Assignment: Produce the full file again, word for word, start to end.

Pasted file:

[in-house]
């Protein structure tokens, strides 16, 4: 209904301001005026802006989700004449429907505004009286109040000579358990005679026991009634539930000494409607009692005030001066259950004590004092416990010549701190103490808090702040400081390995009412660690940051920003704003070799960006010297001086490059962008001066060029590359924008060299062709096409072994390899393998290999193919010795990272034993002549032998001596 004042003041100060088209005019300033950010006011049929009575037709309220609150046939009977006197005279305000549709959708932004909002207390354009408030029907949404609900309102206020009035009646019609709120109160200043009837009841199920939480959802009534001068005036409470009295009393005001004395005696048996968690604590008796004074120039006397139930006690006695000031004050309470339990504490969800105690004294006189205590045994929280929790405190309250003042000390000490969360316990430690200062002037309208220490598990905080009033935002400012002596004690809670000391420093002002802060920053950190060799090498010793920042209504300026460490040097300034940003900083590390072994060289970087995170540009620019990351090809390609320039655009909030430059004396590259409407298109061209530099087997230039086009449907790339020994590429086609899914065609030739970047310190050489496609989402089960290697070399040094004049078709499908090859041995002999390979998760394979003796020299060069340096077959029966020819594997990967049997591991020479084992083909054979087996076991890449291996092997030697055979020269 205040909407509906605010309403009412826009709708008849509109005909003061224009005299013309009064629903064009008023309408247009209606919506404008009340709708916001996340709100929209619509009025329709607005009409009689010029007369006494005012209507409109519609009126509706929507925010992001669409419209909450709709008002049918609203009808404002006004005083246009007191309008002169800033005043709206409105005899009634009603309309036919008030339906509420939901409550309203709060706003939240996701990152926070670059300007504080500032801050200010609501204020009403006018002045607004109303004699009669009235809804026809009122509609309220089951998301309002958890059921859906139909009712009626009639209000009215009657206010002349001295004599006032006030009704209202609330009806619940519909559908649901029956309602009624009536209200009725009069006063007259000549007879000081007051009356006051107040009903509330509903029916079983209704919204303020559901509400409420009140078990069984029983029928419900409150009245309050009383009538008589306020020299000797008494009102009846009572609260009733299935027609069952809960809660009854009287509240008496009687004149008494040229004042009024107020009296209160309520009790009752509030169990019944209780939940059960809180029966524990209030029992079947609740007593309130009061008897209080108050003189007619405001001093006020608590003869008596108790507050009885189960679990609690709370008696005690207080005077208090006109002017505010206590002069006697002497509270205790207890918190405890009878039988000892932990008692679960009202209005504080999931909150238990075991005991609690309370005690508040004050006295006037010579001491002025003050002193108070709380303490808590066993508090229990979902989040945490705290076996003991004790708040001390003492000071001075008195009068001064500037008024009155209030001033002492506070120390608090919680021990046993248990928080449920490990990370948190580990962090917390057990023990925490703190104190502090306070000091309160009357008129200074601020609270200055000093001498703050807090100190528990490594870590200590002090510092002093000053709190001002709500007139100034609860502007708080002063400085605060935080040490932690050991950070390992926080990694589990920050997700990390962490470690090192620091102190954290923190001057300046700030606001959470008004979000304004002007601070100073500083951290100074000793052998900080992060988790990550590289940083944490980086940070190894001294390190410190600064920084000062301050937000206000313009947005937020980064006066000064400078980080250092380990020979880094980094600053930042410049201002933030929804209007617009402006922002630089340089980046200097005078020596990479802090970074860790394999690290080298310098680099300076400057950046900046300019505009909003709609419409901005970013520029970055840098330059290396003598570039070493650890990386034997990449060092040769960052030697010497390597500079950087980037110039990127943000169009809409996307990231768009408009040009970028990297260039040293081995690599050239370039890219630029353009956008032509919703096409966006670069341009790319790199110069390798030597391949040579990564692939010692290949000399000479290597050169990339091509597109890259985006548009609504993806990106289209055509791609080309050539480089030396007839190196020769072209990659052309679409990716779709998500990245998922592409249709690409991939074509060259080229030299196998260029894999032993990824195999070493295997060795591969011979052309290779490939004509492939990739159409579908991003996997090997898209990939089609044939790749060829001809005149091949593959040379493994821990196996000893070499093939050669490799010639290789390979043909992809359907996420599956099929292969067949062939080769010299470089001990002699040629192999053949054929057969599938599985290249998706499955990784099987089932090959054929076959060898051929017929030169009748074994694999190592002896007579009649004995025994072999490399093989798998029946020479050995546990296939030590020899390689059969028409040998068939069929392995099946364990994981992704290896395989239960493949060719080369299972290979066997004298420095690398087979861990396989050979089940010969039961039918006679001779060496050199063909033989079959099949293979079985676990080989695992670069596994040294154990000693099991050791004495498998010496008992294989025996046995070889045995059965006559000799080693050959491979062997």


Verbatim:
[in-house]
């Protein structure tokens, strides 16, 4: 209904301001005026802006989700004449429907505004009286109040000579358990005679026991009634539930000494409607009692005030001066259950004590004092416990010549701190103490808090702040400081390995009412660690940051920003704003070799960006010297001086490059962008001066060029590359924008060299062709096409072994390899393998290999193919010795990272034993002549032998001596 004042003041100060088209005019300033950010006011049929009575037709309220609150046939009977006197005279305000549709959708932004909002207390354009408030029907949404609900309102206020009035009646019609709120109160200043009837009841199920939480959802009534001068005036409470009295009393005001004395005696048996968690604590008796004074120039006397139930006690006695000031004050309470339990504490969800105690004294006189205590045994929280929790405190309250003042000390000490969360316990430690200062002037309208220490598990905080009033935002400012002596004690809670000391420093002002802060920053950190060799090498010793920042209504300026460490040097300034940003900083590390072994060289970087995170540009620019990351090809390609320039655009909030430059004396590259409407298109061209530099087997230039086009449907790339020994590429086609899914065609030739970047310190050489496609989402089960290697070399040094004049078709499908090859041995002999390979998760394979003796020299060069340096077959029966020819594997990967049997591991020479084992083909054979087996076991890449291996092997030697055979020269 205040909407509906605010309403009412826009709708008849509109005909003061224009005299013309009064629903064009008023309408247009209606919506404008009340709708916001996340709100929209619509009025329709607005009409009689010029007369006494005012209507409109519609009126509706929507925010992001669409419209909450709709008002049918609203009808404002006004005083246009007191309008002169800033005043709206409105005899009634009603309309036919008030339906509420939901409550309203709060706003939240996701990152926070670059300007504080500032801050200010609501204020009403006018002045607004109303004699009669009235809804026809009122509609309220089951998301309002958890059921859906139909009712009626009639209000009215009657206010002349001295004599006032006030009704209202609330009806619940519909559908649901029956309602009624009536209200009725009069006063007259000549007879000081007051009356006051107040009903509330509903029916079983209704919204303020559901509400409420009140078990069984029983029928419900409150009245309050009383009538008589306020020299000797008494009102009846009572609260009733299935027609069952809960809660009854009287509240008496009687004149008494040229004042009024107020009296209160309520009790009752509030169990019944209780939940059960809180029966524990209030029992079947609740007593309130009061008897209080108050003189007619405001001093006020608590003869008596108790507050009885189960679990609690709370008696005690207080005077208090006109002017505010206590002069006697002497509270205790207890918190405890009878039988000892932990008692679960009202209005504080999931909150238990075991005991609690309370005690508040004050006295006037010579001491002025003050002193108070709380303490808590066993508090229990979902989040945490705290076996003991004790708040001390003492000071001075008195009068001064500037008024009155209030001033002492506070120390608090919680021990046993248990928080449920490990990370948190580990962090917390057990023990925490703190104190502090306070000091309160009357008129200074601020609270200055000093001498703050807090100190528990490594870590200590002090510092002093000053709190001002709500007139100034609860502007708080002063400085605060935080040490932690050991950070390992926080990694589990920050997700990390962490470690090192620091102190954290923190001057300046700030606001959470008004979000304004002007601070100073500083951290100074000793052998900080992060988790990550590289940083944490980086940070190894001294390190410190600064920084000062301050937000206000313009947005937020980064006066000064400078980080250092380990020979880094980094600053930042410049201002933030929804209007617009402006922002630089340089980046200097005078020596990479802090970074860790394999690290080298310098680099300076400057950046900046300019505009909003709609419409901005970013520029970055840098330059290396003598570039070493650890990386034997990449060092040769960052030697010497390597500079950087980037110039990127943000169009809409996307990231768009408009040009970028990297260039040293081995690599050239370039890219630029353009956008032509919703096409966006670069341009790319790199110069390798030597391949040579990564692939010692290949000399000479290597050169990339091509597109890259985006548009609504993806990106289209055509791609080309050539480089030396007839190196020769072209990659052309679409990716779709998500990245998922592409249709690409991939074509060259080229030299196998260029894999032993990824195999070493295997060795591969011979052309290779490939004509492939990739159409579908991003996997090997898209990939089609044939790749060829001809005149091949593959040379493994821990196996000893070499093939050669490799010639290789390979043909992809359907996420599956099929292969067949062939080769010299470089001990002699040629192999053949054929057969599938599985290249998706499955990784099987089932090959054929076959060898051929017929030169009748074994694999190592002896007579009649004995025994072999490399093989798998029946020479050995546990296939030590020899390689059969028409040998068939069929392995099946364990994981992704290896395989239960493949060719080369299972290979066997004298420095690398087979861990396989050979089940010969039961039918006679001779060496050199063909033989079959099949293979079985676990080989695992670069596994040294154990000693099991050791004495498998010496008992294989025996046995070889045995059965006559000799080693050959491979062997």